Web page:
Other changes in the volume of assets cover exceptional losses in inventories (such as natural disasters, fire damage, exceptional insect infestation of grains, etc.). Exceptional losses should be distinguished from the recurrent losses of inventories. Recurrent losses are included in withdrawals. Both positive and negative holding gains are recorded on the asset side of the revaluation account.

III. National Accounts and Business Accounting of Inventories

A. 1993 SNA Approach and Data Needs

The 1993 SNA sets out a perpetual inventory method to measure the changes in inventories. This method of calculating changes in inventories requires information on all entries into and withdrawals (including recurrent losses) from inventories valued at the prices the entries and withdrawals are made. The values of withdrawals of inventories from business accounting data, even if they can be obtained, do not fulfill national accounts requirements because enterprises use historic prices. Therefore, for national accounts purposes, data on both quantities and prices of withdrawals are needed. Likewise, data on quantities and prices are needed to derive the balance sheets positions of inventories in the national accounts as stocks of inventories in business accounts are valued at historic prices. Box (5) shows the data requirements to derive estimates of changes in inventories and stocks of inventories fully consistent with the 1993 SNA.

In practice, the perpetual inventory method is not implemented mainly due to the unavailability of information. Business accounts, the main source of data, have two major shortcomings. First, businesses usually do not keep full details of inventory flows. It should, however, be noted that with advances in accounting software and computer-based inventory systems, businesses may be able to provide more details on inventory movements. Second, business accounting uses varieties of historic cost methods for valuation of inventories, none of which satisfy the national accounting concept of valuation. This suggests that adjustments to business accounting data are needed even when details of inventory movements are available from business accounting records. Specific procedures for making the adjustments to business accounting data on inventories, usually called inventory valuation adjustment (IVA), depend on inventory accounting methods used by enterprises as well as on the details of available information.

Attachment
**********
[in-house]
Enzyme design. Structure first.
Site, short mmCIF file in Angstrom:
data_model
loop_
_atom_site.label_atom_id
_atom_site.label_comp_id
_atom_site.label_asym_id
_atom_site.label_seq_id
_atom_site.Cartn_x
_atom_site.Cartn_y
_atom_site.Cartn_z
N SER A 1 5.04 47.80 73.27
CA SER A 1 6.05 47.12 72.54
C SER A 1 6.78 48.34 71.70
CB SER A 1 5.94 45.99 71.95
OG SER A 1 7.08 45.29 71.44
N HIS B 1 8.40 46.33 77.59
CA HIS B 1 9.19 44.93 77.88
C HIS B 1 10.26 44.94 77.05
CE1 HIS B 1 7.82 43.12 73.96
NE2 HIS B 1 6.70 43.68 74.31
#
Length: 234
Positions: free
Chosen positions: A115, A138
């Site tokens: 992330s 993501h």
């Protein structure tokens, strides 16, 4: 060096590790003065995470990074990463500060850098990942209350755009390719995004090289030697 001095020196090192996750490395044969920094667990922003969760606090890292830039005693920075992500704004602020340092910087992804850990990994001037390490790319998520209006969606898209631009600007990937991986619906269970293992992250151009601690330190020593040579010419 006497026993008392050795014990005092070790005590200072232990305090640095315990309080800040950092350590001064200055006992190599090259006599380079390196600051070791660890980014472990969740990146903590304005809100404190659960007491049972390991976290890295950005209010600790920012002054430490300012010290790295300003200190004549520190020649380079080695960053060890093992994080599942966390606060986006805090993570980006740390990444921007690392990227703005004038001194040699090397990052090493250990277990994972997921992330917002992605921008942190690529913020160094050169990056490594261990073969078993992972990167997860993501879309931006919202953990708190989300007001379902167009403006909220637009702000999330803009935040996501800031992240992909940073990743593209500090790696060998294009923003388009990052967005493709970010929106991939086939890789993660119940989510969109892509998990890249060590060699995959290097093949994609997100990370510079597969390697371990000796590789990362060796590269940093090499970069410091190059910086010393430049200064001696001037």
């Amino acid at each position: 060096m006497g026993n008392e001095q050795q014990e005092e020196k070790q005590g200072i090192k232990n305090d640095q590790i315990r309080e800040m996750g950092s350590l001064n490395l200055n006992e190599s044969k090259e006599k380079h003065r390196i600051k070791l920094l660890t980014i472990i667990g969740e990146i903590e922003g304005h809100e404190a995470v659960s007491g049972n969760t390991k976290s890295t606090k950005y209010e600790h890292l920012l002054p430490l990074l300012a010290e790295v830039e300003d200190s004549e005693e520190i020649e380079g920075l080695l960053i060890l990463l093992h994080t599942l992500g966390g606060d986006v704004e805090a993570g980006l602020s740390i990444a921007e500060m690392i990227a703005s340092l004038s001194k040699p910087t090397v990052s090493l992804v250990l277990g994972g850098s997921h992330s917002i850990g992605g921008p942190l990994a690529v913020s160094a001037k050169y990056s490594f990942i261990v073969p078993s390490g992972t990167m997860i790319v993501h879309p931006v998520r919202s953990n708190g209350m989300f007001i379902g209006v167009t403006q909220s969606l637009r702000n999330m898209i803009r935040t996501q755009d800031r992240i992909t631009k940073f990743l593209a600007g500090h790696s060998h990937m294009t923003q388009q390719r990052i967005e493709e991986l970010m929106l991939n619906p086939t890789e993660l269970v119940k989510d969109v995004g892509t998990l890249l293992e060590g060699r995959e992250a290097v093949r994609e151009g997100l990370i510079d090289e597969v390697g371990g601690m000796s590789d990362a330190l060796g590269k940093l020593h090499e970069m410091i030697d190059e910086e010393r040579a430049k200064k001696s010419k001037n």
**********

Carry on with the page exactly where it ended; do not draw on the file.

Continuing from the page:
B. Enterprise Data and Underlying Accounting Methods

The data on inventories are collected through establishment surveys and from important individual enterprises. They can be data on values of the stocks of inventories and/or quantities of important inventories. Administrative data on stock of inventories (values as well as quantities) held by government agencies responsible for distribution or regulating the supply of important commodities are an additional source of data on inventories.

Enterprise data on inventories that are usually used for deriving changes in inventories for national accounts purposes refer to values of inventories held by enterprises at the beginning and end of an accounting period, which are shown in their balance sheets.4 Enterprises using computer-based record keeping systems (which record all entries and withdrawals on a continuous basis) may be able to provide details on inventory movements. However, the values of stocks of inventories and withdrawals (if available) can not be used for national accounts without adjustments for the valuation differences between the national accounts and business accounting. This is because enterprises use historic cost methods for inventory accounting.